Tattoo above by Jason Bane of Iron Age.
The past week's tattoo headlines ranged from tattooed monks to Hello Kitty super fans. Here's a look:
St. Louis Business Journal takes readers inside the city's renowned studio Iron Age, where they filmed the process from consultation to design to tattooing by resident artist Jason Bane. The video is meh. It's an exciting shop and the video could have better reflected that, but it does offer the look and feel of the studio, and it's always interesting for me to see that process.
Also interesting is the story of Bobby Love, a tattoo artist turned monk, and the discussion of his own personal process -- from arriving at Mount Angel Abbey in Oregon in leathers on his bike to his six years there, becoming the curator of the monastery's art collections. It's a pretty powerful story of art, addiction, faith, and transformation. Here's more:
[Thanks, Brian, for posting the link to the article in our N+S Facebook group.]
ABC News in Bakersfield, CA reports on how tattoos are a "trend" for seniors. Trend pieces in mass media really don't hold much weight, especially as they relate to tattoos. It's, of course, likely that more seniors are getting tattoos because of greater accessibility and a lessened stigma among their age group. But it's pretty safe to safe that grandmas aren't running out en mass to slap pictures of their grandkids all over their bodies. What makes this article noteworthy is that no one featured was asked what they were going to look like when they get older!
Then, ABC News in Brisbane looks at the history of female tattooers in Australia, via Clare Miles' book on the subject, "Painted Ladies: The History of Female Tattoo Artists in Australia." Clare explains (in the audio of her interview) that when she was learning to tattoo and looked for information on other female tattooers, there was very little on the experiences of Australian women artists, as much of the discussion focused on American women. And so Clare began researching pioneering women in Australia's tattoo industry herself. A rather fascinating part of her talk is how famed "tattoo lady" and tattooist Cindy Ray (born Bev Robinson) had her image plastered all over post cards, books, tattoo machines and products, and yet barely received any compensation for it. [Sounds like a lot of "tattoo models" today.] It's a great discussion and you can download the 13-minute audio file here.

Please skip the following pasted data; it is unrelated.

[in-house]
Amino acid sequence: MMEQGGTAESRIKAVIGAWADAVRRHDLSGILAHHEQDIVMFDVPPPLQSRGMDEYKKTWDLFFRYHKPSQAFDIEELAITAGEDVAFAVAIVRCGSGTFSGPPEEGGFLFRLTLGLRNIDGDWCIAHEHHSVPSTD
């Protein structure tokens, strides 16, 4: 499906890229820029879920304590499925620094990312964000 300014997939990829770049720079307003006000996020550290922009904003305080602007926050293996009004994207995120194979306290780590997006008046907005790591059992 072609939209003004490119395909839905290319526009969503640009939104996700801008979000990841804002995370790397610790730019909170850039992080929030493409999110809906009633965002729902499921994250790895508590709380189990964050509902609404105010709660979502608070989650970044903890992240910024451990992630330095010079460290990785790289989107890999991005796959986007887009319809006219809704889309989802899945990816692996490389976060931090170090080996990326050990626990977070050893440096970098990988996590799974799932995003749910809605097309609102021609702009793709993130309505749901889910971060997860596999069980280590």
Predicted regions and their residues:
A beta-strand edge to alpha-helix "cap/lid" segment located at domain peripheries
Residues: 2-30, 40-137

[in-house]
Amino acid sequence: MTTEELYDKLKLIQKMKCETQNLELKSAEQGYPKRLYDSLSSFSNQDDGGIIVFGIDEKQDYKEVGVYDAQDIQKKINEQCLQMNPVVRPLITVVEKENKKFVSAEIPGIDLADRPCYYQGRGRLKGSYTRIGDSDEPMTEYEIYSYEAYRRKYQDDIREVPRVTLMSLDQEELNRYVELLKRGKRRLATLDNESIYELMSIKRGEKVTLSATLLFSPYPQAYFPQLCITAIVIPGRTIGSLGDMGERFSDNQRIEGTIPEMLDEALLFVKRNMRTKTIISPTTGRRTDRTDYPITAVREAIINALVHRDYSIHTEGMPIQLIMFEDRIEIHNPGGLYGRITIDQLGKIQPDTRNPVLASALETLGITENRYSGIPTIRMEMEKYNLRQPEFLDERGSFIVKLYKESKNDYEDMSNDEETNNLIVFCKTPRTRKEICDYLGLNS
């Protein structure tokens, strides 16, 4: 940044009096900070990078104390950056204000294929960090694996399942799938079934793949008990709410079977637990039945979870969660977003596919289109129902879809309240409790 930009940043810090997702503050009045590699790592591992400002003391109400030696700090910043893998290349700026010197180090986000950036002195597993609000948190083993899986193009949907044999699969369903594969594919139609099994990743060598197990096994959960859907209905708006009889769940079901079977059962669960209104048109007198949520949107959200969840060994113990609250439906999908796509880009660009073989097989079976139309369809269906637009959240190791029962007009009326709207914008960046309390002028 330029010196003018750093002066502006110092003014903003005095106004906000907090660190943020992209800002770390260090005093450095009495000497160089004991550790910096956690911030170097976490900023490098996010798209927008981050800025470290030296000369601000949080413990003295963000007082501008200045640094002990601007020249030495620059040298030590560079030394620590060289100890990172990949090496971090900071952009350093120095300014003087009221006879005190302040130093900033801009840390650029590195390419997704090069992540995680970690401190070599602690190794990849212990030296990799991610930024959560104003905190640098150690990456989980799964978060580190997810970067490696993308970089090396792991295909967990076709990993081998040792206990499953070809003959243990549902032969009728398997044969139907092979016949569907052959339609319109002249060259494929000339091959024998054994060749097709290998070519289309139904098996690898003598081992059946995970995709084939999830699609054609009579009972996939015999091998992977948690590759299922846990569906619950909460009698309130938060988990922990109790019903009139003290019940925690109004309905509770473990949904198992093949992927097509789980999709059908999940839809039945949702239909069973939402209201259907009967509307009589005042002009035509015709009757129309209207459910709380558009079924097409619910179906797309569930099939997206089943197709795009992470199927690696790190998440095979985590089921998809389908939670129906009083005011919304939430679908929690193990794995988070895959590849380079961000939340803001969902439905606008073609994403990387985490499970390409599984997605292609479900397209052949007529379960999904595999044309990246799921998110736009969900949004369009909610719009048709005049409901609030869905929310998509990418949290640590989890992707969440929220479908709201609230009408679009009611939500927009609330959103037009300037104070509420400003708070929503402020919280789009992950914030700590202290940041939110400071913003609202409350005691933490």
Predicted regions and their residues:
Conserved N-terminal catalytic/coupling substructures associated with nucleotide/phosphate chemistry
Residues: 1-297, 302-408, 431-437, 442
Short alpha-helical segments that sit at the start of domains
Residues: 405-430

More noteworthy links:
The December/January issue of Inked Mag is now out and along with beautiful heavily tattooed women in lesser and lesser states of undress (it is a men's "lifestyle" mag after all), there are a number of features you got to check out, especially because we wrote them.
Our Patrick Sullivan has a great feature on how technology is changing tattooing including the new air-pressured tattoo machine and one-shot laser removal inks.
There are the party photos from my Black Tattoo Art book release shindig at Tattoo Culture.
And my Icon interview with Brad Fink, the most fun I've had interviewing a tattoo artist in a while. Here's a snippet as to why:
[As a young tattoo apprentice] Did you have to clean toilets and all the nasty stuff?
I did it but it wasn't Mitch telling me to do all the disgusting things. It was me knowing it needed to be done and doing it myself. This leads to my disdain for the younger generation coming into tattooing today. Back then there were no references or all the information on the Internet that is readily available. Back then, I had to search and search for it. I had to go to the library, seek out Easy Rider tattoo magazines and Ed Hardy's Tattoo Time series. Today, there are instructional DVDs and all this crap on how to tattoo. They even have premade needles now. When I started, I had to get to the shop two hours early to make my needles for the day or next two days. Today, people get very good in a short time, and there's this sense of entitlement young people have in the business that everything should be handed to them.
We didn't have a "shop person" back then to wipe people's asses. Today, these kids want to come in, do their tattoos, and leave. Back then, I had to make needles, clean the shop, stock my station, and answer the phones.
Did you also walk miles in the snow to the shop barefoot back in your day? [laughs]
Yes, I did! I wrecked enough cars by 17 years old and my insurance was cancelled, so as a matter of fact, I had to ride a bicycle or walk to the shop. Yes, Marisa, I did have to walk to work in the snow. [laughs]
Now you have a young apprentice. What lessons are you passing down?
I teach him life lessons! That there's more to tattooing than actual tattooing. I teach him everything from adapting to every quirky personality that walks through that door without those people you would have nothing. I'm teaching loyalty and respect. I want him to know the history and how tattooing got to this level.
Brad splits his time between his three studios, DareDevil and Fun City in NYC, which he co-owns with Michelle Myles; and Iron Age in St. Louis, which he co-owns with Mark Andrews and spends most his time. Brad is also a partner in Me Against The World clothing, a new advertiser to N+S.